Bringing disability history alive in schools: promoting a new understanding of disability through performance methods

Sonali Shah, Mick Wallis, Fiona Conor, Phillip Kiszely

Research output: Contribution to journalArticlepeer-review

10 Citations (Scopus)


The transfer of disability history research to new generation audiences is crucial to allow lessons from the past to impact the future inclusion and equality agenda. As today’s children are the policy makers and the legislators of tomorrow, it is important for them to have opportunities to engage with disability life story narratives to understand personal experiences of disability and the social systems that influenced their construction through time and space. Through the embodiment and manipulation of these powerful narratives, children have the opportunity to challenge traditional perspectives of disability that may be disabling and oppressive. Such materials contribute to the making of an inclusive society by enabling children to craft mechanisms of intervention that can used to build resilience and resistance to barriers, and thereby generate social change. This paper examines how performance techniques can be used as a pedagogical tool to transpose new understandings of disability history and culture to school-based audiences. It builds on two previous projects: one focusing on life history narratives of three generations of disabled people, and the other exploring the potential for text-based disability narratives to move beyond text in interesting and creative ways. In so doing, this paper reports on a cross-disciplinary project which brought together academics (from performance and social science backgrounds), three performing arts secondary schools and disabled theatre performers. It presents qualitative evidence of how performance workshops delivered in three schools, by disabled performers, and stimulated by disability life history research, has the potential to increase disability awareness in the mainstream classroom and challenge negative disability stereotypes that influence how disabled people are made known in society.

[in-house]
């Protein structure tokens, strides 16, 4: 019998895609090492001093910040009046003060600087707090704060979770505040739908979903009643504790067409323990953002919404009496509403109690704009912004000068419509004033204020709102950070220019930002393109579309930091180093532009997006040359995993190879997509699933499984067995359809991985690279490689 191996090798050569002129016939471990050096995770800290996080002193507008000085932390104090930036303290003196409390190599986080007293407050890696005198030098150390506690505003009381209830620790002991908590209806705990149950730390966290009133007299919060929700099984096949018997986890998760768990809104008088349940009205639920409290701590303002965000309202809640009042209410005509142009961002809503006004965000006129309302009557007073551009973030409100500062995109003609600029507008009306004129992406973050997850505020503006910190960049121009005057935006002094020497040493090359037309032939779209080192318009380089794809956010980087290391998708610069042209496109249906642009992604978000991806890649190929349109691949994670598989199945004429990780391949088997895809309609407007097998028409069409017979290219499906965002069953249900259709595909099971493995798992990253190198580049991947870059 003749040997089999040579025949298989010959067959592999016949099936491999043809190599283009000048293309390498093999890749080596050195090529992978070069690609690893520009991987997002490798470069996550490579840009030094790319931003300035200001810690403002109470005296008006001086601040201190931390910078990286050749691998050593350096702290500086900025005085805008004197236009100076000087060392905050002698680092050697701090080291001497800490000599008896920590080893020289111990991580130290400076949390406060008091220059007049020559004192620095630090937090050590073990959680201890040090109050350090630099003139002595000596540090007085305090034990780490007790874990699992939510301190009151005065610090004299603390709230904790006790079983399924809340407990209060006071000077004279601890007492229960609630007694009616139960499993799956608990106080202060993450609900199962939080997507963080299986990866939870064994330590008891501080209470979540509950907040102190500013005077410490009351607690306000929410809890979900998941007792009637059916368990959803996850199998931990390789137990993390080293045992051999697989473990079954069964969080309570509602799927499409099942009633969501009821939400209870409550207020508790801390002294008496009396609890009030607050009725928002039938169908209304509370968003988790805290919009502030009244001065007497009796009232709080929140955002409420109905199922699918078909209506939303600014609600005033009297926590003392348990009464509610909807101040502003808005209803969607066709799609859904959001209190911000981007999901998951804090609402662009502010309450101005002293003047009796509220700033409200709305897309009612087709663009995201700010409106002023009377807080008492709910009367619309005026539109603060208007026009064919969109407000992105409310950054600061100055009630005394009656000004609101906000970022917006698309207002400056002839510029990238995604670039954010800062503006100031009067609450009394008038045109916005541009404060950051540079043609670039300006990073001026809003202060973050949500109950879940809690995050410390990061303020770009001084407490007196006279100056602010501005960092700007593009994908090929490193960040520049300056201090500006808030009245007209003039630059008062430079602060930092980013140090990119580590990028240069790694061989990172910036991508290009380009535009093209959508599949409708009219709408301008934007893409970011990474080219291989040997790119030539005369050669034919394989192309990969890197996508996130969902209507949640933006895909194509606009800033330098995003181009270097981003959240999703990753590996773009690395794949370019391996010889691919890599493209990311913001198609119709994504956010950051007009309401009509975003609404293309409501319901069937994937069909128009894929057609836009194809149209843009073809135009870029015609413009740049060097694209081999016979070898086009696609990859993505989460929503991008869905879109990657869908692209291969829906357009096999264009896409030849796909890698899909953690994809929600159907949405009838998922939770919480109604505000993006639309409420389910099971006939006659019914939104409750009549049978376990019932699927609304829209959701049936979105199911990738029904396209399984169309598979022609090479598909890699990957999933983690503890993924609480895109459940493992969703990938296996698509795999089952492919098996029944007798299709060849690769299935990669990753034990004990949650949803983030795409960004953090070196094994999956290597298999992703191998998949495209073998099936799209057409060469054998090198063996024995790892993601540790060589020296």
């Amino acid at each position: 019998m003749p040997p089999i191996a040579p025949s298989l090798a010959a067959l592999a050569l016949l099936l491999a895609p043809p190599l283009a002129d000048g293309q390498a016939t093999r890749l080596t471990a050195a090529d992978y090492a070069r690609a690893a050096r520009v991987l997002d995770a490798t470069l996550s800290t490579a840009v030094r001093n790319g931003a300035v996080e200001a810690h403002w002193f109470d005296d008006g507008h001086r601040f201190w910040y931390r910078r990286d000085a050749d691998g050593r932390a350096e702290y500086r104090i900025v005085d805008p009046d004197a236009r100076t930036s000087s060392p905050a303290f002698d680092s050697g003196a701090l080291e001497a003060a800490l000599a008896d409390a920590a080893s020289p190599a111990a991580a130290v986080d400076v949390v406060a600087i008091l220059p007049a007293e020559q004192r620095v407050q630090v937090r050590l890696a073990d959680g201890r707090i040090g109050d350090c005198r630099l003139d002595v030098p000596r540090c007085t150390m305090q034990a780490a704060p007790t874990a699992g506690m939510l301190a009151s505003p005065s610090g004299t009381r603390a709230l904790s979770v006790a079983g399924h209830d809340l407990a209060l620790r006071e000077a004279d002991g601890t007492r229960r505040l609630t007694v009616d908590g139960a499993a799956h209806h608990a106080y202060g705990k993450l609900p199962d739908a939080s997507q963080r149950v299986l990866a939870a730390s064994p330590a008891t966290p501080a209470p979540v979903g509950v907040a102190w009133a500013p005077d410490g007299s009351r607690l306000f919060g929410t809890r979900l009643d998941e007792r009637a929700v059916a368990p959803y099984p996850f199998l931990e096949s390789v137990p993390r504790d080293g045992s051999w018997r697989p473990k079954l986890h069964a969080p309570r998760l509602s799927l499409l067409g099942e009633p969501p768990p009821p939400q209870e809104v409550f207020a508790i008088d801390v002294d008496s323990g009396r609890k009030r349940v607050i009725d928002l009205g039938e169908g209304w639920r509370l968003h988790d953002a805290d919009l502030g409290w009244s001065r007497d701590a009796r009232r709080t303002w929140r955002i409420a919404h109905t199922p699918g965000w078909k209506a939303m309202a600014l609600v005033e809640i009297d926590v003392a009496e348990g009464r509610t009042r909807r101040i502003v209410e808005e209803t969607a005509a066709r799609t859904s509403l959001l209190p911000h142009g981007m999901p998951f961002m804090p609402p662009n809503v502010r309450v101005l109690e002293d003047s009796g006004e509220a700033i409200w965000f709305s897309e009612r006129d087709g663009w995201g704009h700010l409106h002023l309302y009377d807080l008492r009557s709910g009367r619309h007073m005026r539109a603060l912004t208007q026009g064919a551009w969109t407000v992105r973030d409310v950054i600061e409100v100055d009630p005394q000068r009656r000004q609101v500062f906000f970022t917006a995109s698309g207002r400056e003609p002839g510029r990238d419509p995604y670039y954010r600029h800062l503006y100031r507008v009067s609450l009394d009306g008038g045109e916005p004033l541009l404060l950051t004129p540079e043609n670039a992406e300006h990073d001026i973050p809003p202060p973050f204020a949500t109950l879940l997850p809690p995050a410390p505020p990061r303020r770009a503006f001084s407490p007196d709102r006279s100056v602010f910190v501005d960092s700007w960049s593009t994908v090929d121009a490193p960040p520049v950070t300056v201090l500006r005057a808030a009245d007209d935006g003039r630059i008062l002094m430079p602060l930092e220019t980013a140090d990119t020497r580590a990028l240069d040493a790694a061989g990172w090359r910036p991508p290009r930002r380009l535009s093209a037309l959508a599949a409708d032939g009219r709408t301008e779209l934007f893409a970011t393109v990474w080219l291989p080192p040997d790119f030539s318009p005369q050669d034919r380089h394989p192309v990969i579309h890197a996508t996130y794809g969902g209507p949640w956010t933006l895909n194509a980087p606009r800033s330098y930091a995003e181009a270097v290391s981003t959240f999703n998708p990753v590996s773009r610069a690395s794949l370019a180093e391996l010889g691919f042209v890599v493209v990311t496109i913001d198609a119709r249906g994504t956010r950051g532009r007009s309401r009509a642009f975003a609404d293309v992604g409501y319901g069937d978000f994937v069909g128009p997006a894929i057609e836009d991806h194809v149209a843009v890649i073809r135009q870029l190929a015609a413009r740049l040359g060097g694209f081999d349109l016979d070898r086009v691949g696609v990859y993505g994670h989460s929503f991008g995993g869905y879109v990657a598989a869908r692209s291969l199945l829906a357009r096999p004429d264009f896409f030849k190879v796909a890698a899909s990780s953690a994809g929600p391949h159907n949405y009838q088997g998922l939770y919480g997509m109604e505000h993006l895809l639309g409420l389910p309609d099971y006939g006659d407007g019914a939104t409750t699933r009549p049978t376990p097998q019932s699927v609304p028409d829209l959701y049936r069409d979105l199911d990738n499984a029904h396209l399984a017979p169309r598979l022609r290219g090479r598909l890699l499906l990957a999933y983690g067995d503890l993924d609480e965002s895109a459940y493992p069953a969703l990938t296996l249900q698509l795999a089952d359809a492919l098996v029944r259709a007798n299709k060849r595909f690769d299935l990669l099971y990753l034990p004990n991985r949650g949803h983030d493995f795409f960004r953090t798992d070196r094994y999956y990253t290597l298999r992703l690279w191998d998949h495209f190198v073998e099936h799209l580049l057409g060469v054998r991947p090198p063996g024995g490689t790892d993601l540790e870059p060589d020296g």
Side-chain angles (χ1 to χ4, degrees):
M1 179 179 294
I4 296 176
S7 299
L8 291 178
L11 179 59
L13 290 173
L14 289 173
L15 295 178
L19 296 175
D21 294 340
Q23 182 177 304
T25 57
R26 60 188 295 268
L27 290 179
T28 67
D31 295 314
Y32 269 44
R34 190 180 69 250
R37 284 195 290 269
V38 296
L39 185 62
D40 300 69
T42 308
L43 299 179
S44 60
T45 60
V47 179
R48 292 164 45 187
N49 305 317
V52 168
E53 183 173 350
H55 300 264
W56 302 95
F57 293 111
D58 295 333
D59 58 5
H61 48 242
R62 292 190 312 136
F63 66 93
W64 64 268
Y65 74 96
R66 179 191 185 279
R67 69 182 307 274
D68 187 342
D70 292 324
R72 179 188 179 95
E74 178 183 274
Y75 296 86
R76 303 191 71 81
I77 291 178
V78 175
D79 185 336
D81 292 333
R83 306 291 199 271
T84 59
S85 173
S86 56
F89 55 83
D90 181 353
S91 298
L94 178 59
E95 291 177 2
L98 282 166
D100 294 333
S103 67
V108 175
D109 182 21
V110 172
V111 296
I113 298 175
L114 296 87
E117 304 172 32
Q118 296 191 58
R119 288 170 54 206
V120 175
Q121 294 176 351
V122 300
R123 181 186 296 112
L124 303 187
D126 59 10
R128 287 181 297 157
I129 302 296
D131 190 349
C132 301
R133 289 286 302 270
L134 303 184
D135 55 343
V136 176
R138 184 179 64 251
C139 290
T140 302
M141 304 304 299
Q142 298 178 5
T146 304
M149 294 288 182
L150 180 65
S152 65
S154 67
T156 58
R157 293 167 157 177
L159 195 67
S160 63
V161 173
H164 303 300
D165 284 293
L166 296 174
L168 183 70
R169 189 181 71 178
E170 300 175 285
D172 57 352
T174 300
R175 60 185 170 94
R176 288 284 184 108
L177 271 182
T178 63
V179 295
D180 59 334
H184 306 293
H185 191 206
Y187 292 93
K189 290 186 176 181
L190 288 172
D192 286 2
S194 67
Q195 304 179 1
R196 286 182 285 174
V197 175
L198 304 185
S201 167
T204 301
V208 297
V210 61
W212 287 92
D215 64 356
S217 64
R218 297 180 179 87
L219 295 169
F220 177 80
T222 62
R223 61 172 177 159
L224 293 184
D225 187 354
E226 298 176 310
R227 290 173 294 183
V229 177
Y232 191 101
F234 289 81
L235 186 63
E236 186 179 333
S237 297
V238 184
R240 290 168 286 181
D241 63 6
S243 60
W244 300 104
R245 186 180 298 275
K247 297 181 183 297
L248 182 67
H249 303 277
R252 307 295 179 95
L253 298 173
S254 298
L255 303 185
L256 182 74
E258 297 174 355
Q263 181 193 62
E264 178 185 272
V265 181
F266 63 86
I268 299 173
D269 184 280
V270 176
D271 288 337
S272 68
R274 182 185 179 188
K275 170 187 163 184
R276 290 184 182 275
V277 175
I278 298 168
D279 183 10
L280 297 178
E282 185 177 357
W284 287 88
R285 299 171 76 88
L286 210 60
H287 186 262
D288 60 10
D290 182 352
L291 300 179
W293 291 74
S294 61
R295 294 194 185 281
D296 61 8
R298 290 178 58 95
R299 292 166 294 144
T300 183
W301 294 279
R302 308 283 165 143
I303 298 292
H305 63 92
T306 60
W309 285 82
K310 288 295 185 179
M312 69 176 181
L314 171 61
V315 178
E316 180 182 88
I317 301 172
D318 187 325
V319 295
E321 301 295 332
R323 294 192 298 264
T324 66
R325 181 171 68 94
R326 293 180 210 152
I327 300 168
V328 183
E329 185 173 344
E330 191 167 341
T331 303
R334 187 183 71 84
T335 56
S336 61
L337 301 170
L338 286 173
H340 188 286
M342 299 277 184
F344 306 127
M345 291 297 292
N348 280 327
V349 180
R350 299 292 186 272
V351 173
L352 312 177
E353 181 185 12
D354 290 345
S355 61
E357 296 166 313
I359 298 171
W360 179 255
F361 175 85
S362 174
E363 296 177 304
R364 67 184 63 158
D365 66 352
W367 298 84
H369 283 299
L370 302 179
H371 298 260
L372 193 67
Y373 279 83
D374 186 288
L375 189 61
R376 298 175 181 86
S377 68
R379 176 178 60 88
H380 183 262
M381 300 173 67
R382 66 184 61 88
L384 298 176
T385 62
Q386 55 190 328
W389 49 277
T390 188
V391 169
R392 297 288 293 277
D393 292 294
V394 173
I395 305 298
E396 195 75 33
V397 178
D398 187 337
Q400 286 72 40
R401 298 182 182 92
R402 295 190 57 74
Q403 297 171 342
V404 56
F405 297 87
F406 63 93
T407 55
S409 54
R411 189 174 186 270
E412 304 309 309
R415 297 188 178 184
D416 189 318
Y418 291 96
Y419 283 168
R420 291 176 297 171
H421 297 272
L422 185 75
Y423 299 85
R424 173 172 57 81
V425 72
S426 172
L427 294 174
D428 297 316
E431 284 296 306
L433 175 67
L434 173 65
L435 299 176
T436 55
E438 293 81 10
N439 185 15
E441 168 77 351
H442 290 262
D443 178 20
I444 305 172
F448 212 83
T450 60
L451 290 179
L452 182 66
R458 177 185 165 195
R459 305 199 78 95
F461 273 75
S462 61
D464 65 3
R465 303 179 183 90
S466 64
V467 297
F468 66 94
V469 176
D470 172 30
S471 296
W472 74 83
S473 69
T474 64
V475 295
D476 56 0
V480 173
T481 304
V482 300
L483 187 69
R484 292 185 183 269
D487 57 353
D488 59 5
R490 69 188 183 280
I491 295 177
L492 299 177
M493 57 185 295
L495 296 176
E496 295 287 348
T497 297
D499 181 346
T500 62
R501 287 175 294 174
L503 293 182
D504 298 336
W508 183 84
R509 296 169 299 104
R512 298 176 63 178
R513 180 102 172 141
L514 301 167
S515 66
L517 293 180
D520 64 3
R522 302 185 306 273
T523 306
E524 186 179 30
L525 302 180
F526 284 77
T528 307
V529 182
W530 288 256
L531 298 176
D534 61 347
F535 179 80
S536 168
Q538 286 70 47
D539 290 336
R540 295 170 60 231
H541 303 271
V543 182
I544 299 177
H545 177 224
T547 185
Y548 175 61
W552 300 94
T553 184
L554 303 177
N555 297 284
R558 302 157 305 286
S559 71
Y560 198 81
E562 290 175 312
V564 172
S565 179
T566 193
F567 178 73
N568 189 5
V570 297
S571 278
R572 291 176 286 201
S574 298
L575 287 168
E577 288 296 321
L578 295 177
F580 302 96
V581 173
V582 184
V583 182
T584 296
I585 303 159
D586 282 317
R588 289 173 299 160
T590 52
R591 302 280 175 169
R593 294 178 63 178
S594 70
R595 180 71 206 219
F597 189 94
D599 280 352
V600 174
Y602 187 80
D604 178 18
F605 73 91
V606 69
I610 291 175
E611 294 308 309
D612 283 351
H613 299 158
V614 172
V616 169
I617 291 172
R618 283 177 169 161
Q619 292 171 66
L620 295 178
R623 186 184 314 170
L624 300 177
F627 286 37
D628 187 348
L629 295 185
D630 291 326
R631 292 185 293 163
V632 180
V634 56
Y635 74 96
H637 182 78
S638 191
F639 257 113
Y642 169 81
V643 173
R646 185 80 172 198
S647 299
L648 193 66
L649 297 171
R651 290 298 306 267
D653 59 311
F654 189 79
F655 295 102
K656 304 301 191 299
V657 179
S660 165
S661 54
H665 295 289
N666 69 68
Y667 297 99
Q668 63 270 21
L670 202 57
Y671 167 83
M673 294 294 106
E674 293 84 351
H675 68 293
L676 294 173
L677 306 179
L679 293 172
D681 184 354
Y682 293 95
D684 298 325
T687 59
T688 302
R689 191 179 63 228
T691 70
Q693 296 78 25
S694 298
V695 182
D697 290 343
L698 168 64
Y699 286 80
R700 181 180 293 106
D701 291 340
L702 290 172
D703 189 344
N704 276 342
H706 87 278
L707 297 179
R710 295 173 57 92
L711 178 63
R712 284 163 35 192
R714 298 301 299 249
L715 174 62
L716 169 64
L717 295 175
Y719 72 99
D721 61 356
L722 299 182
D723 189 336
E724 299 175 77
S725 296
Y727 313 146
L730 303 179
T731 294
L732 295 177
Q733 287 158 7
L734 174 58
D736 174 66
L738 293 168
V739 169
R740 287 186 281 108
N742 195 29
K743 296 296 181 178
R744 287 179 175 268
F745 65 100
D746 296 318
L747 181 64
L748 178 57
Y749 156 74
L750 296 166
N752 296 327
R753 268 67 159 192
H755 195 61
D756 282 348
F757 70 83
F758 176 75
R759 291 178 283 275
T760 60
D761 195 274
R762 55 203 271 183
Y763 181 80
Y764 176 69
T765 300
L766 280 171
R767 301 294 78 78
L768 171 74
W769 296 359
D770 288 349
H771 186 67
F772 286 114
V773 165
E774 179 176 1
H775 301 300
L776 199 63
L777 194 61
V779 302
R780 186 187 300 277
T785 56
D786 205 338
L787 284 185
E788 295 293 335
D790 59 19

Original languageEnglish
Pages (from-to)267-286
Number of pages20
JournalResearch Papers in Education
Issue number3
Early online date27 Feb 2014
Publication statusPublished - 2015


  • performance methods
  • disability
  • young people
  • curriculum
  • schools


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